Ironically for many women ‘morning sickness’ can be suffered at any time of the day or night, sometimes constantly. It is often described as a terrible hangover that never relents or constant food poisoning. It is experienced mostly in the early stages of pregnancy between six and sixteen weeks, although for some unfortunate women it is a constant presence until they reach full term. It is thought that this often debilitating condition is caused by the huge surge of circulating hormones. Stress and fatigue are also thought to be contributing factors.
Most women’s understandable reluctance to take medication in the early stages of pregnancy has meant that the symptoms associated with morning sickness, including nausea, vomiting and retching; are considered par for the course. Morning sickness often interferes with productivity and can result in time off work needed or extra childcare if there are other young children to look after. Fortunately, help is at hand.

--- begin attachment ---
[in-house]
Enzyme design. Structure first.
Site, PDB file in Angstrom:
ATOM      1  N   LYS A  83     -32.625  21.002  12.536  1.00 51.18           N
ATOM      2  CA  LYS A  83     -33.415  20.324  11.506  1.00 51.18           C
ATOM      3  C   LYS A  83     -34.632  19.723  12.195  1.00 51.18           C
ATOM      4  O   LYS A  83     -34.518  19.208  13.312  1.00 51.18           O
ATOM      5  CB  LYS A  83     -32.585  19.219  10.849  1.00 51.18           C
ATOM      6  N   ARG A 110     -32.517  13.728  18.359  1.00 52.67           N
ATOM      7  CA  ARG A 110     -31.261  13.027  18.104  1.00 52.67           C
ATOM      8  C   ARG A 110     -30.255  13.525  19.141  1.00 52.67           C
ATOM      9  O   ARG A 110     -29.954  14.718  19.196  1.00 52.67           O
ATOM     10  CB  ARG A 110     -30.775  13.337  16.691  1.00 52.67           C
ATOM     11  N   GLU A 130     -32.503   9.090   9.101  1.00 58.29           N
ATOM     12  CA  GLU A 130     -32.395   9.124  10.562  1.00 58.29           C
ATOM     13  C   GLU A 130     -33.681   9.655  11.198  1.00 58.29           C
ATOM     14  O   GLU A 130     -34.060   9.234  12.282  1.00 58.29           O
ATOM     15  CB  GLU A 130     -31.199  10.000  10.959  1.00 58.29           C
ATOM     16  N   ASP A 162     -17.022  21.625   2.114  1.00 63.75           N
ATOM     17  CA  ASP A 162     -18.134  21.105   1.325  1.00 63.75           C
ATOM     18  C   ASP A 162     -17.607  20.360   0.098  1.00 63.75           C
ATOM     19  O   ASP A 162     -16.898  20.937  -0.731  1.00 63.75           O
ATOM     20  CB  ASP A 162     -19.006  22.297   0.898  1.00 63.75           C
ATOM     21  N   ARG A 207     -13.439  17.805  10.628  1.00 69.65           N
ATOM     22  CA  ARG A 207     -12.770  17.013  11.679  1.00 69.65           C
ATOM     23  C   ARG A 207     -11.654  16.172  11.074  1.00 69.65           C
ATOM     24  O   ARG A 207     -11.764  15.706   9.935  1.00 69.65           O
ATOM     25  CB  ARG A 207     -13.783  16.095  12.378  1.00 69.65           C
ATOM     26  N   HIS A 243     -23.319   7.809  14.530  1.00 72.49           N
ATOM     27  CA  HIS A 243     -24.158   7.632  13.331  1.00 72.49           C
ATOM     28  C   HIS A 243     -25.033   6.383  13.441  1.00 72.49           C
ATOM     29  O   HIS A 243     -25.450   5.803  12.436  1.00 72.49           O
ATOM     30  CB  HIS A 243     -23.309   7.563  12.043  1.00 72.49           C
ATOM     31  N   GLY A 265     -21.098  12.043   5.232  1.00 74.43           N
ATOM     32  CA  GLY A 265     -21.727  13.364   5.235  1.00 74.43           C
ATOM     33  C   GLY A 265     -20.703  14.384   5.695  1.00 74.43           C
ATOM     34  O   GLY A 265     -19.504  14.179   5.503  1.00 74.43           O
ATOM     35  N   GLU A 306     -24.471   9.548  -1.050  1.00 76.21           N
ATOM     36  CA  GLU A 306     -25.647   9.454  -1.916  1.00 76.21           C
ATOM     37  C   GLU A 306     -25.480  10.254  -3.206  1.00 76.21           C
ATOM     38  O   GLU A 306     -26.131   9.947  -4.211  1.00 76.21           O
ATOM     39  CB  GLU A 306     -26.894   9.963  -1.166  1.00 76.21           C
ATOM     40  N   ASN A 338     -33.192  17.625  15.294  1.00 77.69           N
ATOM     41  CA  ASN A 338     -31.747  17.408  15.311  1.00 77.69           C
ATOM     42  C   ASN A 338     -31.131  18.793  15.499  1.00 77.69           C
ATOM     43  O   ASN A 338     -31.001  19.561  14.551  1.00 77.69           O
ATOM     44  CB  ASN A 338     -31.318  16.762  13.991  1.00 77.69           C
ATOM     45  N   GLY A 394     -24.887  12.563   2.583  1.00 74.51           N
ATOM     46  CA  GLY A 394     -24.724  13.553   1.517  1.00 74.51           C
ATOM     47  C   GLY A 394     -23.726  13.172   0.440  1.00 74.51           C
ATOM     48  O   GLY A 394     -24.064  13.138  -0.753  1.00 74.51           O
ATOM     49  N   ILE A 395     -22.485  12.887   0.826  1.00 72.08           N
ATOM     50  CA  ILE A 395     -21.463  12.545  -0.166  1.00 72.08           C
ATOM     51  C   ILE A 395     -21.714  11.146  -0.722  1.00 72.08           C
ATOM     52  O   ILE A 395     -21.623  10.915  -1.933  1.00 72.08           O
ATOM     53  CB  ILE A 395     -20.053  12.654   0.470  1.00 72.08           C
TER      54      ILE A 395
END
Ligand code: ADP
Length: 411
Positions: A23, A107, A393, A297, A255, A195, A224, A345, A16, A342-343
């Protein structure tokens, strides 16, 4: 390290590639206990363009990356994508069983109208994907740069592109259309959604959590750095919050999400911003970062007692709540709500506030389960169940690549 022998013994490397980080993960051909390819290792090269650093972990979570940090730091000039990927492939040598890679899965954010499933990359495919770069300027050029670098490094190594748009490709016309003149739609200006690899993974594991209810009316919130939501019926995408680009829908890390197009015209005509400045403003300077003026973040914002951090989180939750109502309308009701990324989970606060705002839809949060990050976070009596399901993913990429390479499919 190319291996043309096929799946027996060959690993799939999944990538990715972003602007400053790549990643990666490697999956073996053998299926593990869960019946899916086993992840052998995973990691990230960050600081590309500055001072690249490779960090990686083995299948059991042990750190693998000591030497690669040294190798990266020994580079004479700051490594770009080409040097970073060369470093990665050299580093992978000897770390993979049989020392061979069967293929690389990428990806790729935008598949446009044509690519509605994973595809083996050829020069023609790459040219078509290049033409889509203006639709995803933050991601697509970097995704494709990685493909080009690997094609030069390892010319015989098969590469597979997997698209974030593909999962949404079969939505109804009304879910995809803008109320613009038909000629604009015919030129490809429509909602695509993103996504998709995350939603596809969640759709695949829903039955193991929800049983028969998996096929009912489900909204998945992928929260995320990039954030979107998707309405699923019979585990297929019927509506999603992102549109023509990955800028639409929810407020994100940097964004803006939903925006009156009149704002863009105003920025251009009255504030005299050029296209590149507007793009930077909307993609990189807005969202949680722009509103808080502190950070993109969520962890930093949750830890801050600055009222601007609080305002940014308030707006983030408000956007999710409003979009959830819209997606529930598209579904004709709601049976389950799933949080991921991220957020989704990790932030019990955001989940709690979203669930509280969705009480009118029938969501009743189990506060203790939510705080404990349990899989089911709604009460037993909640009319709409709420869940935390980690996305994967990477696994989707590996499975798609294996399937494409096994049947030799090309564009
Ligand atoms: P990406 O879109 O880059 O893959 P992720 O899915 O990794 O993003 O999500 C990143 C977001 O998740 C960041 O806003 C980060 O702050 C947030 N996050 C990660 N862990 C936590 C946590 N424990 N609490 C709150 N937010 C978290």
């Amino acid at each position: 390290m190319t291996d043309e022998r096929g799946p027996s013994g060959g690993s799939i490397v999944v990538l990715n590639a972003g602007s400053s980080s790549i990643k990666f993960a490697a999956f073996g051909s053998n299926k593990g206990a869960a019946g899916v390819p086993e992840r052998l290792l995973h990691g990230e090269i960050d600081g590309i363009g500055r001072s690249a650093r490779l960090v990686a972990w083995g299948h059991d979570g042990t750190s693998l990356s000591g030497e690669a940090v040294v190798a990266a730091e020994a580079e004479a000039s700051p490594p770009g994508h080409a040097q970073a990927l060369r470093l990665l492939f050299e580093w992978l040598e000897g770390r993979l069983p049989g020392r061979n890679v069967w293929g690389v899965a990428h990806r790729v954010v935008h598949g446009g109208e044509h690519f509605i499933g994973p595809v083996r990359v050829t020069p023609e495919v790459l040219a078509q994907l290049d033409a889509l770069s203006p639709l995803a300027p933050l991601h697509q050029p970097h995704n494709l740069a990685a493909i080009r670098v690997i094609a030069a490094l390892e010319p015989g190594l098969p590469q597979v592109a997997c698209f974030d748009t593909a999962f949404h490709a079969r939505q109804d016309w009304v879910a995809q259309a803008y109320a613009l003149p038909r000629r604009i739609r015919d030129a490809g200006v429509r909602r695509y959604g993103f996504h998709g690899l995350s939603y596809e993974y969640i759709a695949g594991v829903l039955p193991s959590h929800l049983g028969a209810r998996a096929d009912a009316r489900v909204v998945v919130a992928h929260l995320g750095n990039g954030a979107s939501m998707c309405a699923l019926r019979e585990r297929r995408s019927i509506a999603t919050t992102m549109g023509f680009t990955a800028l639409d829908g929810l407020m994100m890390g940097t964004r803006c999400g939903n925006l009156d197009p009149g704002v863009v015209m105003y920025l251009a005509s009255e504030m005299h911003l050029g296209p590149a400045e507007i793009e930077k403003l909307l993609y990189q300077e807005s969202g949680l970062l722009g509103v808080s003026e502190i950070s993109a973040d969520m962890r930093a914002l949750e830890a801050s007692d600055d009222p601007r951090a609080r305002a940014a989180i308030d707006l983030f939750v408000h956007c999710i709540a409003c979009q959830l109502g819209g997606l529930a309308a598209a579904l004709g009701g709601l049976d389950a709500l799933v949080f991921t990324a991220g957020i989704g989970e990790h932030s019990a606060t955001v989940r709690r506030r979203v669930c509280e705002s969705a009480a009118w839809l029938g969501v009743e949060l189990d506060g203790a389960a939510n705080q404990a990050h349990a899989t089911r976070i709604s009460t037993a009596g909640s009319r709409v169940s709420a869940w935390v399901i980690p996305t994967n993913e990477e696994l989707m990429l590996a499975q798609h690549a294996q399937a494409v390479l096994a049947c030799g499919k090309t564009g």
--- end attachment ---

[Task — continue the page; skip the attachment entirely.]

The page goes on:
According to Traditional Chinese Medicine (TCM), the natural flow of Qi (or energy) can be disrupted in early pregnancy as the body deals with the myriad of adjustments required to sustain a pregnancy. The objective of Acupuncture is to establish the correct flow of Qi. This will diminish, and often completely resolve the symptoms of morning sickness. This restoration of balance will also help to assist fatigue, boosting energy levels and decreasing stress.
The effectiveness of Acupuncture to treat morning sickness has been recognised in the western medical arena. With clinical research finding Acupuncture may be an effective treatment for morning sickness (Smith et al. 2002). For women suffering from morning sickness, Acupuncture potentially can improve the experience of early pregnancy. Acupuncture is recognised by most private health funds.
Published 4th October 2020